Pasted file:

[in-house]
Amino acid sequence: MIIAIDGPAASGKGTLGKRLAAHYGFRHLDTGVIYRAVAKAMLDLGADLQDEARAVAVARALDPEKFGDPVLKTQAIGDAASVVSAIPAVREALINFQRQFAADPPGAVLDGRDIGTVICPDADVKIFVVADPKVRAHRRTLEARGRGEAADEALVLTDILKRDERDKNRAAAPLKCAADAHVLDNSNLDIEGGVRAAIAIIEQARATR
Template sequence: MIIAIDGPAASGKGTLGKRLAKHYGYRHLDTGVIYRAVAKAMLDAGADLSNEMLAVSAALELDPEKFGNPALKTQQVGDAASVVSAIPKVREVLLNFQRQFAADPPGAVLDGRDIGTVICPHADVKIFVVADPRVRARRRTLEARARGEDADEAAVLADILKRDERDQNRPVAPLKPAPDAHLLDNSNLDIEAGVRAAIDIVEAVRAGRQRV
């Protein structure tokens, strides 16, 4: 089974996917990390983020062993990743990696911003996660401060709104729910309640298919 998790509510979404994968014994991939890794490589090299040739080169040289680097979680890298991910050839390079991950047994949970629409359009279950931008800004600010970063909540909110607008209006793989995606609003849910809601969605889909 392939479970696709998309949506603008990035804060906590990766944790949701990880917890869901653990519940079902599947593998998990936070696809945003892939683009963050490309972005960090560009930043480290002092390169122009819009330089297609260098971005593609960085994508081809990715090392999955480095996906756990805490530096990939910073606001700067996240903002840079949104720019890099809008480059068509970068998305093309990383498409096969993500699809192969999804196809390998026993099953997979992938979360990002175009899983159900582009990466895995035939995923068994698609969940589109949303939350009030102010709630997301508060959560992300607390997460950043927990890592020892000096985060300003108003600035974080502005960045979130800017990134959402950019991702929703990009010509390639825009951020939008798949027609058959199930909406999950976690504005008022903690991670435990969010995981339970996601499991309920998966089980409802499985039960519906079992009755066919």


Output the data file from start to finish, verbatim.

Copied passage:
[in-house]
Amino acid sequence: MIIAIDGPAASGKGTLGKRLAAHYGFRHLDTGVIYRAVAKAMLDLGADLQDEARAVAVARALDPEKFGDPVLKTQAIGDAASVVSAIPAVREALINFQRQFAADPPGAVLDGRDIGTVICPDADVKIFVVADPKVRAHRRTLEARGRGEAADEALVLTDILKRDERDKNRAAAPLKCAADAHVLDNSNLDIEGGVRAAIAIIEQARATR
Template sequence: MIIAIDGPAASGKGTLGKRLAKHYGYRHLDTGVIYRAVAKAMLDAGADLSNEMLAVSAALELDPEKFGNPALKTQQVGDAASVVSAIPKVREVLLNFQRQFAADPPGAVLDGRDIGTVICPHADVKIFVVADPRVRARRRTLEARARGEDADEAAVLADILKRDERDQNRPVAPLKPAPDAHLLDNSNLDIEAGVRAAIDIVEAVRAGRQRV
């Protein structure tokens, strides 16, 4: 089974996917990390983020062993990743990696911003996660401060709104729910309640298919 998790509510979404994968014994991939890794490589090299040739080169040289680097979680890298991910050839390079991950047994949970629409359009279950931008800004600010970063909540909110607008209006793989995606609003849910809601969605889909 392939479970696709998309949506603008990035804060906590990766944790949701990880917890869901653990519940079902599947593998998990936070696809945003892939683009963050490309972005960090560009930043480290002092390169122009819009330089297609260098971005593609960085994508081809990715090392999955480095996906756990805490530096990939910073606001700067996240903002840079949104720019890099809008480059068509970068998305093309990383498409096969993500699809192969999804196809390998026993099953997979992938979360990002175009899983159900582009990466895995035939995923068994698609969940589109949303939350009030102010709630997301508060959560992300607390997460950043927990890592020892000096985060300003108003600035974080502005960045979130800017990134959402950019991702929703990009010509390639825009951020939008798949027609058959199930909406999950976690504005008022903690991670435990969010995981339970996601499991309920998966089980409802499985039960519906079992009755066919």